This is really, really bad.
In a nutshell: the bailout package, which everybody thought was a done deal, has been undone by some combination of Republican recalcitrance and the heat of the presidential campaign. At the same time, WaMu’s gone under, with not only its stockholders but also its bondholders being largely wiped out.
Remember how Lehman’s default precipitated the this whole crisis in the first place: Lehman’s debt was a substantial part of some money-market funds, which then "broke the buck", and all manner of chaos ensued. Now, $30 billion of WaMu debt is going very close to zero, and there could be similar effects. Not to mention the fact that this credit event risks roiling the CDS market at a time when counterparty-risk fears are at an all-time high. Then, add in the fact that House Republicans have come out of nowhere to declare that they want their bailout to come for free — and suddenly the $700 billion that the market was counting on is thrown into jeopardy.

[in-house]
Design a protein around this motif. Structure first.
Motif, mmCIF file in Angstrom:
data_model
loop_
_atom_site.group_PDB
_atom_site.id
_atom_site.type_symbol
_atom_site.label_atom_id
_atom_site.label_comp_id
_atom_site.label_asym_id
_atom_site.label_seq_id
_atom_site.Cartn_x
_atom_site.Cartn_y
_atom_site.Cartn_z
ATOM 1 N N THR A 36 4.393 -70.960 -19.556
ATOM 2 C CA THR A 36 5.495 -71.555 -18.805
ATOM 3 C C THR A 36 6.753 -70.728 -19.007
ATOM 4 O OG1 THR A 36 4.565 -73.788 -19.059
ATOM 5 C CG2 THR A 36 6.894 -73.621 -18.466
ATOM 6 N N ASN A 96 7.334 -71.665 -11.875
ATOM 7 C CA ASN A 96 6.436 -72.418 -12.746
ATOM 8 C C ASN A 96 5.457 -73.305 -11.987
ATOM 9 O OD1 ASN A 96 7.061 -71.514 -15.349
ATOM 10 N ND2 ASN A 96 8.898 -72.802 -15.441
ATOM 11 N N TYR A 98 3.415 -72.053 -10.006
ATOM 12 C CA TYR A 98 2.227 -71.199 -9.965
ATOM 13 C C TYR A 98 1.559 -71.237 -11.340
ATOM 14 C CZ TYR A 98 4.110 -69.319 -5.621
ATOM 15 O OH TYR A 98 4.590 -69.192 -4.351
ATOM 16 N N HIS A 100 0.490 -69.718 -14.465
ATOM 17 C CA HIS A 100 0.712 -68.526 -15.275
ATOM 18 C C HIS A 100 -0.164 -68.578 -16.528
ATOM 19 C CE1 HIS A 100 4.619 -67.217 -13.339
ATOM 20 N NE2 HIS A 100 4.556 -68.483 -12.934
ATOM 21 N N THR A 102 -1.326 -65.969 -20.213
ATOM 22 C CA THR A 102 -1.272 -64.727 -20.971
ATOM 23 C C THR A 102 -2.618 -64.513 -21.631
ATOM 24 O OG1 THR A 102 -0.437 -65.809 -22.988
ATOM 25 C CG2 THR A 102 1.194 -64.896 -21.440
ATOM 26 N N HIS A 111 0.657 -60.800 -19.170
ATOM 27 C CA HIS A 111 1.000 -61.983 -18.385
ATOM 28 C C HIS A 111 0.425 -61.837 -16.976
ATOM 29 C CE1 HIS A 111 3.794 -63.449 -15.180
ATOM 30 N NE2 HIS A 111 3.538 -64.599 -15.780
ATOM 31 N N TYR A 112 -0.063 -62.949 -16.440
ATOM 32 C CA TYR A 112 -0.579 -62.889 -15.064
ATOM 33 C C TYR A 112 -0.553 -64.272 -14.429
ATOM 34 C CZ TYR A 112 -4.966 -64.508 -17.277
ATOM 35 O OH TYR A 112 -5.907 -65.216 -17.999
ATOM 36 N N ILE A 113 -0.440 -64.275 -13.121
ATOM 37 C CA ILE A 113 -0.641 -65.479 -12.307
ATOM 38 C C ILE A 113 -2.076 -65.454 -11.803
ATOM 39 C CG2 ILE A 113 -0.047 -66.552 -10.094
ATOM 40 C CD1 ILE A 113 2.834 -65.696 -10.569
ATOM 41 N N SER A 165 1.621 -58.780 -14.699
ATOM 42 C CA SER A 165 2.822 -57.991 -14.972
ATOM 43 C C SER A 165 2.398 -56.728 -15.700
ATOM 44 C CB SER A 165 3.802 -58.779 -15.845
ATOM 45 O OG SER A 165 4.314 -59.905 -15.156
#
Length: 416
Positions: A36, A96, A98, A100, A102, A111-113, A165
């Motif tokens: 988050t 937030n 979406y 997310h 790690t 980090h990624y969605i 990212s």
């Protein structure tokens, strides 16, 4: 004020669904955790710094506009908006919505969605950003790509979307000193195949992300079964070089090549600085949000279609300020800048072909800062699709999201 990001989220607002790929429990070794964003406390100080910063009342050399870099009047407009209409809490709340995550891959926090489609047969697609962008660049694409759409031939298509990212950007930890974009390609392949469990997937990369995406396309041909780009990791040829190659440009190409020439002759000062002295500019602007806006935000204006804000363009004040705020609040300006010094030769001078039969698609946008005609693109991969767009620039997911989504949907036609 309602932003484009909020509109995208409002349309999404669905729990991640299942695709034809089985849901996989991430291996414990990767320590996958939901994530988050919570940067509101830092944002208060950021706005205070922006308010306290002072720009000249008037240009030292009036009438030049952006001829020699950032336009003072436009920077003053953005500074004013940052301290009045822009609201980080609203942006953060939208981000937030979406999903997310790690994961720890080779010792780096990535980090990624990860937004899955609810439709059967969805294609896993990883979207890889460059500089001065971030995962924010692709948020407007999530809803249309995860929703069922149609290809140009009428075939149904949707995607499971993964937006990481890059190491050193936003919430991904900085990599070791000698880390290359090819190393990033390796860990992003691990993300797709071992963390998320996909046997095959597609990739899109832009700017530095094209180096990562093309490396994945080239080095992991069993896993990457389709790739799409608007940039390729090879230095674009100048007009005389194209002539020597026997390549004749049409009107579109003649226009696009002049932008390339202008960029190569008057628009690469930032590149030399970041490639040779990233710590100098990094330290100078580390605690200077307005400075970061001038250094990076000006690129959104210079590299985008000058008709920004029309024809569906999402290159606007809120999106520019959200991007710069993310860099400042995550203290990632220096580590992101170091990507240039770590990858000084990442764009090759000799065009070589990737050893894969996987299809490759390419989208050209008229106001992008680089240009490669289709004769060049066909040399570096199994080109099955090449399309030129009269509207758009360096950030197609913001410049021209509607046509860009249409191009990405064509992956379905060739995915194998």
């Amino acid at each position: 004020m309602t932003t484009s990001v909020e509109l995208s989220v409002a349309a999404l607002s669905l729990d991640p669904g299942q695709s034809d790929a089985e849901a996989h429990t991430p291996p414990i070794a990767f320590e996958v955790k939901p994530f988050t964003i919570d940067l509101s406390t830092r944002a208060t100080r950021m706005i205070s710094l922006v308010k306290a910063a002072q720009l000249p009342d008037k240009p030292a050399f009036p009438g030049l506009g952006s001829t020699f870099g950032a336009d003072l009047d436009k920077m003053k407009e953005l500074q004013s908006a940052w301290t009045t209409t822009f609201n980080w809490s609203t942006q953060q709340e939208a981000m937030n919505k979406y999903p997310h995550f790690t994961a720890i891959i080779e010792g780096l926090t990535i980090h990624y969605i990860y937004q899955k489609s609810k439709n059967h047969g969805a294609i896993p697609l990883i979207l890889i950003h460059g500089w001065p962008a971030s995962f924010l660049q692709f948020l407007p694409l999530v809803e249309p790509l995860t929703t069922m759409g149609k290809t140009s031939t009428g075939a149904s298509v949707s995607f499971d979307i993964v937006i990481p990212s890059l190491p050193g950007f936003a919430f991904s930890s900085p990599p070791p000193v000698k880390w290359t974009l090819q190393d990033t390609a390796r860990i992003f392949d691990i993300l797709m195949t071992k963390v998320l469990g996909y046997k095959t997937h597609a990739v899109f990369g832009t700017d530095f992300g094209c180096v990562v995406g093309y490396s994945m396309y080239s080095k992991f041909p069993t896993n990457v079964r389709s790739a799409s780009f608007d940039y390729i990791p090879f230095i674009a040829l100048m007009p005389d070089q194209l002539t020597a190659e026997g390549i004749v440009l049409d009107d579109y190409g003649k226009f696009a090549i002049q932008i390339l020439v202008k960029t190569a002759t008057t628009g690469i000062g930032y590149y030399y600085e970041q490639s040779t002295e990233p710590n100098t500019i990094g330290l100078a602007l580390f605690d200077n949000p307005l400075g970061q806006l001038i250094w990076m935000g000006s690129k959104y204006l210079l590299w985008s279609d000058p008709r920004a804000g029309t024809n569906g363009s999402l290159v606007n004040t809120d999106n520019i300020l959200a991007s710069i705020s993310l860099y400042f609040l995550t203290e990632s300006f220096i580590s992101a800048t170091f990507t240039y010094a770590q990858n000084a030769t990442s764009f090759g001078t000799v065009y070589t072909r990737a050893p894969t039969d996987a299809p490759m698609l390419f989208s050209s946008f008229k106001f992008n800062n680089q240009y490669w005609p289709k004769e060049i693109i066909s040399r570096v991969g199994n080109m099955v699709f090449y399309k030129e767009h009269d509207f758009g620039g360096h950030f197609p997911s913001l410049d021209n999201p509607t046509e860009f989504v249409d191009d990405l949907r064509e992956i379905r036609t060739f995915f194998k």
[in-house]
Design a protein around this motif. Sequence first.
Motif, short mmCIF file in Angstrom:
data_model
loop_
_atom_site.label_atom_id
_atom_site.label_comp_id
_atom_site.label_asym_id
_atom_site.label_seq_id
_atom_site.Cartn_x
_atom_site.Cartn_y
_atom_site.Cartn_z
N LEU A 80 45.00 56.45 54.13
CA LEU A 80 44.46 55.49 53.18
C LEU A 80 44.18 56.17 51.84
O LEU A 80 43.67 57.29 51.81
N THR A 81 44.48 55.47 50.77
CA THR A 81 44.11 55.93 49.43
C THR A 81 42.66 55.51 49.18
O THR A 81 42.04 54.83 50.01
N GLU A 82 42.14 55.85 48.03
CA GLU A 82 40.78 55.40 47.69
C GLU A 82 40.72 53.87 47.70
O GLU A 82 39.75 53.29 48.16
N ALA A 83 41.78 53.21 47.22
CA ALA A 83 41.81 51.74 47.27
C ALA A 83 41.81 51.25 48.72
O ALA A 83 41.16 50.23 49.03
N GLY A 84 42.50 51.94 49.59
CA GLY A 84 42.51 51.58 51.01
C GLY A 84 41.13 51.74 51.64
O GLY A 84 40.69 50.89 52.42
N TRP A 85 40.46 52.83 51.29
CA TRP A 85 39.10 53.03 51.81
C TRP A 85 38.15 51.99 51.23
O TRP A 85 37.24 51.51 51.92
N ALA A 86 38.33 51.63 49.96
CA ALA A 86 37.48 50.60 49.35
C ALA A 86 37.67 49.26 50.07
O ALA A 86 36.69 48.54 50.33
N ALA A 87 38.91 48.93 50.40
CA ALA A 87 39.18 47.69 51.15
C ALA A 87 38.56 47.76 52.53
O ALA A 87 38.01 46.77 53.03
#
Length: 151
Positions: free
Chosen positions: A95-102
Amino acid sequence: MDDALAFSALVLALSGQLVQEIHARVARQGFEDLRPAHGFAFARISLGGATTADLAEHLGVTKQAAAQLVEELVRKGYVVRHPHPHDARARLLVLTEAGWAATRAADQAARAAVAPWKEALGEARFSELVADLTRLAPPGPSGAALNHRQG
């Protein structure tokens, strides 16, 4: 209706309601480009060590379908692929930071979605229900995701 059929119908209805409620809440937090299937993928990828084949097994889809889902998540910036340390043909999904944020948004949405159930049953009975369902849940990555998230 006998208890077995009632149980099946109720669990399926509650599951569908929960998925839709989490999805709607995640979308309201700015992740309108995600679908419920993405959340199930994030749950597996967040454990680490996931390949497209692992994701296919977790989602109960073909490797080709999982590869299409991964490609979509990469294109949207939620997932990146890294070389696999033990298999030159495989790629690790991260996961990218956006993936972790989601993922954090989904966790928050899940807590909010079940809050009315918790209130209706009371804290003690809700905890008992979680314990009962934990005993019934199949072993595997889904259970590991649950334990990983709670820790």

No one is a winner here. Yes, JP Morgan looks as though it’s got itself a good deal for WaMu — basically buying the bank for $1.9 billion unencumbered by any corporate debt or preferred stock. JP Morgan also now owns the bank which was largely responsible for reinventing retail banking over the past decade, and WaMu’s abilities on that front will be very valuable at for the Chase brand. But unless House Republicans start getting constructive on bailout negotiations today, no financial institution is going to look very healthy. (And top management at Goldman Sachs will look like geniuses for raising $15 billion just before everything fell apart.)
The vague sketch of the House Republican proposal in the NYT shows something miles removed from the bailout as it has been understood until now. Bush, Paulson, Bernanke, Obama, House Democrats, and the Senate all seem to be on board with Plan A; only House Republicans are supporting Plan B. And where McCain stands on all this is anybody’s guess. If House Republicans thought they were doing him a favor by waiting for him to turn up before blowing up the negotations, they miscalculated badly.
Yves Smith sums up:
Hope you like the smell of napalm in the morning. Otherwise, this will not be your sort of day.